Alternative Dispute Resolution, A Series: The Nuts and Bolts
The Mediation Process
No one ever plans on getting into a car wreck, and a serious collision can have a negative lasting effect on a person or family. When a Plaintiff is injured, often times the costly and timely process of litigation can be seriously reduced or avoided with the use of Alternative Dispute Resolution (ADR) tactics.
ADR advocates are part of a movement amongst lawyers that attempts to cut down on the cost, time, and stress associated with the litigation process. Often times, litigation can take years and thousands, if not hundreds of thousands, of dollars to complete.
Mediation is a good way to resolve issues quicker and cheaper. This is one form of Alternative Dispute Resolution. Mediation is a process where the parties to a dispute meet with a neutral trained facilitator, called a mediator, to try to resolve a conflict. The parties, their attorneys, and the mediator discuss the goals of each party, the reality of each party’s position and explore possible solutions.
The mediator talks about the settlement alternatives between the parties. Mediation is often thought of as a business-like, supportive climate which sets the stage for positive communication in the future. It is not very adversarial and often times the parties are separated after an opening statement.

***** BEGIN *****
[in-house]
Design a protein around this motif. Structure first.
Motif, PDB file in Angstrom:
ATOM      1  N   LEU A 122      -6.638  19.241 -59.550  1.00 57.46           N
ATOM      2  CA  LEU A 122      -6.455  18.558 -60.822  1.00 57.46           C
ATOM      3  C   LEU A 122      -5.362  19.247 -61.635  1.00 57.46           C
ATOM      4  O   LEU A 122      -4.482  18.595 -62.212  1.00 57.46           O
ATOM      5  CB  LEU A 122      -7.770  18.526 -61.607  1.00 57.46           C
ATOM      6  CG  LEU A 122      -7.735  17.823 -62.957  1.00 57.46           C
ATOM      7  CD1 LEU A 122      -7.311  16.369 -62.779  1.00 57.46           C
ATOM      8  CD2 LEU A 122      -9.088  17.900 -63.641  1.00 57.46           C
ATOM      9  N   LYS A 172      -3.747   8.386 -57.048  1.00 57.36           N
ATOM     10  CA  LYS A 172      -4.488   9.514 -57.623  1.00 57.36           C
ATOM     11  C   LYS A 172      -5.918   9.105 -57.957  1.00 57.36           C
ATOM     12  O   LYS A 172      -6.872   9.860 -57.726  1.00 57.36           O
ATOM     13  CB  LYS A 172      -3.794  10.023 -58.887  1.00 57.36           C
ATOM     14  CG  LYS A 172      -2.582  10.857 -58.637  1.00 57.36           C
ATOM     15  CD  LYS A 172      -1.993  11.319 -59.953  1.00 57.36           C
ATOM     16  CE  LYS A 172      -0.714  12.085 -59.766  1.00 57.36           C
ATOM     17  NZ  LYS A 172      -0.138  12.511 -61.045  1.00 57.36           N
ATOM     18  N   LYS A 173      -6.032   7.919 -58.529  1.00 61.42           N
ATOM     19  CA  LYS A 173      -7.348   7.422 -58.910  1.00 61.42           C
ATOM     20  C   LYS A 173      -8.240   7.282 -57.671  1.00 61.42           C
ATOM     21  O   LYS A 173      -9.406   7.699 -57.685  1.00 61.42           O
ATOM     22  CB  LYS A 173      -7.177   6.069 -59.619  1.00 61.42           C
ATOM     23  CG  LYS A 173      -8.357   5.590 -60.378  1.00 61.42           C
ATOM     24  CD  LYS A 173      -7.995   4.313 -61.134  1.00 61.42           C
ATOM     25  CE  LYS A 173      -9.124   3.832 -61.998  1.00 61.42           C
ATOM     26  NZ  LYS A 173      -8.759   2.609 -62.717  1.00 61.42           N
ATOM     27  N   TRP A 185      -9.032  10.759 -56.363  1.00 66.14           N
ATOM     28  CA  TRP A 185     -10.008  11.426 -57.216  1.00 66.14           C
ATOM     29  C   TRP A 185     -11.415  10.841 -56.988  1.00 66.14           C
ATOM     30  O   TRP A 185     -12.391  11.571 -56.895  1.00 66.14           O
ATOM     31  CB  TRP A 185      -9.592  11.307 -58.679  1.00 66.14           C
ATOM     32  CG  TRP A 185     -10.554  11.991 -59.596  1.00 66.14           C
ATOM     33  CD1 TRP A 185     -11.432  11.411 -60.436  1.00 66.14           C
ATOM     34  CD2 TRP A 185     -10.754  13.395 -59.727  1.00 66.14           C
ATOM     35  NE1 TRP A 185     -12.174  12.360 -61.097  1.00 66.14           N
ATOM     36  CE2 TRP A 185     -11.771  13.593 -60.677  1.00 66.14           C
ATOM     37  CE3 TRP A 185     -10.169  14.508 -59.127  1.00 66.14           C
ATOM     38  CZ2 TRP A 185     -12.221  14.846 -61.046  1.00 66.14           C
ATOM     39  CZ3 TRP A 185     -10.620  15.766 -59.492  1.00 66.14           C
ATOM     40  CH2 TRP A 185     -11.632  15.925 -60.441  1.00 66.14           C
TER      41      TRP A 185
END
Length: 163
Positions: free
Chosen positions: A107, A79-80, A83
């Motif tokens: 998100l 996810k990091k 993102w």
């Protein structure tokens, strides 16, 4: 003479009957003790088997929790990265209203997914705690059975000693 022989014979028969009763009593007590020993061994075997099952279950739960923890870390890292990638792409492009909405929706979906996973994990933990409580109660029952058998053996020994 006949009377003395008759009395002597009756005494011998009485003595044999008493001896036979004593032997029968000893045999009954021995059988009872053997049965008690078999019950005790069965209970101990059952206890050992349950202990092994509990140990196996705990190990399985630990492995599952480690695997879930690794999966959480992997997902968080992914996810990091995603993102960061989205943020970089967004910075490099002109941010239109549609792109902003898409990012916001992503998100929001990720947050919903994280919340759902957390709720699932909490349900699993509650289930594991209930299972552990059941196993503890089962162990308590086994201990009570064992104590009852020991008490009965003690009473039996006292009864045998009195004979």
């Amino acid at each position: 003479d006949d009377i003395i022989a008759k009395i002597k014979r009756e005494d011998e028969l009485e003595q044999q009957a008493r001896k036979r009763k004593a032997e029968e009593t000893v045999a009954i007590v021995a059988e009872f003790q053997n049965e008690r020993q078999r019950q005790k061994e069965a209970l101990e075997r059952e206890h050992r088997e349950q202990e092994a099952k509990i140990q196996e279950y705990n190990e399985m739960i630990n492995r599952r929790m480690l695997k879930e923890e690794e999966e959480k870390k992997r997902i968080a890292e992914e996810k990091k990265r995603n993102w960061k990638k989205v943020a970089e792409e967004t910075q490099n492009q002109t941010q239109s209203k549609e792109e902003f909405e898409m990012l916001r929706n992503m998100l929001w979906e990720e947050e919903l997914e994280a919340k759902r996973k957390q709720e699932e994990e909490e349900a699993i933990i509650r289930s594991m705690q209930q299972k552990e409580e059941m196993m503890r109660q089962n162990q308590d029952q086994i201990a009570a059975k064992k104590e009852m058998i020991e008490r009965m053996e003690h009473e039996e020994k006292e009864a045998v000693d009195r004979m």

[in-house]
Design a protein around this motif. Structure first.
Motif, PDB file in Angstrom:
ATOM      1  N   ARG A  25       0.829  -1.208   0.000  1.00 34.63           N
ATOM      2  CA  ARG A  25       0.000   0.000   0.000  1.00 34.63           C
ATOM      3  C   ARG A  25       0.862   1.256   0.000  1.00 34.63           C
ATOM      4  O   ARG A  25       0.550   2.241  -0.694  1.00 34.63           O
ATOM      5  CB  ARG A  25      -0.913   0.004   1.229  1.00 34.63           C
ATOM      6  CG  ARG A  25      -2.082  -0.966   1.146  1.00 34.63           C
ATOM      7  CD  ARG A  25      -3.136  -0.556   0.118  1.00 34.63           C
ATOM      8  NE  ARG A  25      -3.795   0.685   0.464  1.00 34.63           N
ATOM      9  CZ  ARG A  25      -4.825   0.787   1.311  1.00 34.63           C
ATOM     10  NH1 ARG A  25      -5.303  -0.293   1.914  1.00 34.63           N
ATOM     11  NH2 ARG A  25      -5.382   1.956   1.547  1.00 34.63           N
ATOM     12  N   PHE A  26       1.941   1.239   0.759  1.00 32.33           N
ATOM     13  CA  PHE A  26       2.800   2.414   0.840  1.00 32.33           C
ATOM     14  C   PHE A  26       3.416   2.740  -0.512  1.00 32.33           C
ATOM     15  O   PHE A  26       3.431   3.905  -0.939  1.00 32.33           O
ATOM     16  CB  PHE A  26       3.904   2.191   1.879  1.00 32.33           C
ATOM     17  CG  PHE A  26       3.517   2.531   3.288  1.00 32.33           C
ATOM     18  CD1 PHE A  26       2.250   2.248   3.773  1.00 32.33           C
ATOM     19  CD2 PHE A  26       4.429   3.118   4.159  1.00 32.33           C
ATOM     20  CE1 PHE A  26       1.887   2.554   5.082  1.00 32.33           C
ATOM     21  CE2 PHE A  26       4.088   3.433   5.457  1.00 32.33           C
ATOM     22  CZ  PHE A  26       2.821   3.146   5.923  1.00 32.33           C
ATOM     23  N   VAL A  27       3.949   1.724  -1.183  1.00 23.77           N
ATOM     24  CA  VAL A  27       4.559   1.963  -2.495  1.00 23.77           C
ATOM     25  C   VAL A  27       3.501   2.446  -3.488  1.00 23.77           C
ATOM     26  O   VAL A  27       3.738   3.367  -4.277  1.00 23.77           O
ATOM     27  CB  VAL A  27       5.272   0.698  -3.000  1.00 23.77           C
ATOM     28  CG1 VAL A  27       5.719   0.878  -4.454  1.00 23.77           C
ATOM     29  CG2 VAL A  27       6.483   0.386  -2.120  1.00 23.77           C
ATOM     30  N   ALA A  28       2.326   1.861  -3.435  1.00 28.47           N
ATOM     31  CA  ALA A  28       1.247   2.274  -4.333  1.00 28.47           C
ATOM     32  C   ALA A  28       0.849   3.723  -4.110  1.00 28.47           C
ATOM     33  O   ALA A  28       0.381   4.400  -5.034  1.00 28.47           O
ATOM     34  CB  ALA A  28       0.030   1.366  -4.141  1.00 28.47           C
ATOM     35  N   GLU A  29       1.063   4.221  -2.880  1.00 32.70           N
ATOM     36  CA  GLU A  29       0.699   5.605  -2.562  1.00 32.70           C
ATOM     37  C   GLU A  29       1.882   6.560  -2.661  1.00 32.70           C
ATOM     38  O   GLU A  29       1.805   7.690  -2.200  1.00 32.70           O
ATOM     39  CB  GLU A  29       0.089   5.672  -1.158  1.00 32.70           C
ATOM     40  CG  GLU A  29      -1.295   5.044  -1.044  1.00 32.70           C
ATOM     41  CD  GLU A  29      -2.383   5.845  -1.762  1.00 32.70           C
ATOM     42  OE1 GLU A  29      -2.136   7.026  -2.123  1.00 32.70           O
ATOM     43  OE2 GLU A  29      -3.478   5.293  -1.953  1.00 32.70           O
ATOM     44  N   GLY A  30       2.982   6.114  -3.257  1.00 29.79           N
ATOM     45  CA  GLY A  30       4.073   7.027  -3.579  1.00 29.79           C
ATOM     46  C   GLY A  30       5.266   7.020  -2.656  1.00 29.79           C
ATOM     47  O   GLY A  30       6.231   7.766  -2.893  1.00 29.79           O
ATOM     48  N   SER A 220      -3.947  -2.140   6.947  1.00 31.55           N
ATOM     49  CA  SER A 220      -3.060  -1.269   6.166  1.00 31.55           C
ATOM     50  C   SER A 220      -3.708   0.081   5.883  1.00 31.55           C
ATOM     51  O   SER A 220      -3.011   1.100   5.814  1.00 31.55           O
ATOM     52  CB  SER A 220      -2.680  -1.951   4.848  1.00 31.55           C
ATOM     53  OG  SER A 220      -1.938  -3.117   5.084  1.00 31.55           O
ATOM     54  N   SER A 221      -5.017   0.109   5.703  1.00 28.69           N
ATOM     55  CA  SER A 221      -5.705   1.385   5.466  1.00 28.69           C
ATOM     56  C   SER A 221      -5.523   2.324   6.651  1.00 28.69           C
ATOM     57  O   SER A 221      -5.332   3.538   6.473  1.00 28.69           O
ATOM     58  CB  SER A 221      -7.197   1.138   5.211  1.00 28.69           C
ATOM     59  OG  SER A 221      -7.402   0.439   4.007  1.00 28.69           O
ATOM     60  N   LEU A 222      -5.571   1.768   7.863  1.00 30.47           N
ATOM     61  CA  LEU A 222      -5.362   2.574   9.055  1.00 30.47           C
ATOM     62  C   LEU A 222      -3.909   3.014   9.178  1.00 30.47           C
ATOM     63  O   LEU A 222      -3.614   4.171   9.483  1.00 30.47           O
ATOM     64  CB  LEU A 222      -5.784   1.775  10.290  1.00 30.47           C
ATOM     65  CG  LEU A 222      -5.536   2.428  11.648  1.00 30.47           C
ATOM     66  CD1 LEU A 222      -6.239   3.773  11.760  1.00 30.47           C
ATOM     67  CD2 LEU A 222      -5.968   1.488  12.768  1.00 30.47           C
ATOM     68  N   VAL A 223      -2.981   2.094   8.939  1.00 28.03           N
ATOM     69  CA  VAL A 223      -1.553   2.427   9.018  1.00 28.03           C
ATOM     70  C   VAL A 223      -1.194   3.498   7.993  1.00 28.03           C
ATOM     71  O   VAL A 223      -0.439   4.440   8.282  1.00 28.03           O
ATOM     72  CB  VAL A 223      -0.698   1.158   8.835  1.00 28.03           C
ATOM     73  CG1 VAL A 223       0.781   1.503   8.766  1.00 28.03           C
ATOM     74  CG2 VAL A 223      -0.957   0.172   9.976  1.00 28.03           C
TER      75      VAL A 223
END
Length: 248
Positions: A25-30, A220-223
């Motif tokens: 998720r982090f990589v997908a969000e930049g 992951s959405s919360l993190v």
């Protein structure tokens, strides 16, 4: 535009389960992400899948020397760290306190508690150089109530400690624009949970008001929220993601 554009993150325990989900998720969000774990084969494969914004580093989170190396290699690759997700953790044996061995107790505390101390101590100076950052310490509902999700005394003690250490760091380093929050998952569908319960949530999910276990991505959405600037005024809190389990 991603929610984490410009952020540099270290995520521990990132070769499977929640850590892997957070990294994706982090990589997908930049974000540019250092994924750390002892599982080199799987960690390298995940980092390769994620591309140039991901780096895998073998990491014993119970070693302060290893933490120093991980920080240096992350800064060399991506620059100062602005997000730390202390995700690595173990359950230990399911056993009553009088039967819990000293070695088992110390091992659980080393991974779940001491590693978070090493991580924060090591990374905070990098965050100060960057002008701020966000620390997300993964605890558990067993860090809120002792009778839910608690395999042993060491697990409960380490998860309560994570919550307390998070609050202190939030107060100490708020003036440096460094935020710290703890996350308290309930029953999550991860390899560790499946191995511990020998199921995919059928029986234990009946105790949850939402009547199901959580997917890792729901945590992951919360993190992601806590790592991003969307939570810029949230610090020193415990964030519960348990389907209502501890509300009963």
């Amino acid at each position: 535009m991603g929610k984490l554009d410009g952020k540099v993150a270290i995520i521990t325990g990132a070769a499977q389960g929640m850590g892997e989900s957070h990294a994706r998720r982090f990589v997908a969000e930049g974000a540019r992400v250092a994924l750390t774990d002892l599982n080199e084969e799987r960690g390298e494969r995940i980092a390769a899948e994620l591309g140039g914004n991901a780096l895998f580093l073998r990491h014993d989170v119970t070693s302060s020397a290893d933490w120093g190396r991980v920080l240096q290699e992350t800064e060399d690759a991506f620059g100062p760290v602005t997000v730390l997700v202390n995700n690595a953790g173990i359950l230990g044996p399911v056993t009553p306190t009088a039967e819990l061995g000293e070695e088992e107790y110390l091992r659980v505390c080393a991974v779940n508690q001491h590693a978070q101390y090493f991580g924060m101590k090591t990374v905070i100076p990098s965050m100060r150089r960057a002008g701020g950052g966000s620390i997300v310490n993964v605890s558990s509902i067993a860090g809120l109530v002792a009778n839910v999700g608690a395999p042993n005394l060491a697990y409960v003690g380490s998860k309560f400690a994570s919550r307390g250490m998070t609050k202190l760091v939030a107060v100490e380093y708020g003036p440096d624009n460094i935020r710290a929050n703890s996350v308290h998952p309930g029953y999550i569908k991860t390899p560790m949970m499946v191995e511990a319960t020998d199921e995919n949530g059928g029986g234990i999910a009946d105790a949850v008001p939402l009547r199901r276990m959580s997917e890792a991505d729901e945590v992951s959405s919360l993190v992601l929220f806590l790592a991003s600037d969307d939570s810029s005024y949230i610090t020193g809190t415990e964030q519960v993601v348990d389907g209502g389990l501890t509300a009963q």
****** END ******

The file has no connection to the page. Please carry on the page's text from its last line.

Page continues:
The mediator establishes and enforces procedures which are fair and even-handed and which provide all sides a chance to be heard. Mediation also provides an opportunity to express emotions or frustrations which may be blocking negotiations and to address these underlying concerns in a controlled environment.
The length of time needed for a mediation depends on the complexity of the dispute, the commitment and communication skills of the parties and the orientation or limitations of the mediator. Many issues can be resolved in one mediation session of two to four hours; other cases may require multiple mediations.
Mediators provide a safe and cooperative environment which encourages open and honest discussion. The mediator’s role is an impartial one, identifying issues, exploring underlying interests, suggesting options and balancing power. Mediators encourage the parties to put the past behind them and to focus on the present and future.
Mediation is a confidential process. The mediator cannot be called as a witness at trial. The mediator does not have to be an attorney. However, it is usually beneficial to use someone familiar with the laws applicable to the case.
There are some free mediation services available in Texas. However, mediation costs typically range from $500 (half day) to $3,000 (full day). Generally, the parties split the cost of mediation.
If an agreement is reached at mediation, the parties and the attorneys will sign the document prepared by the mediator. Each party and attorney gets a copy of this binding agreement. If no agreement is reached, the case will proceed and the disputed issues will be heard by the judge or a jury, if appropriate.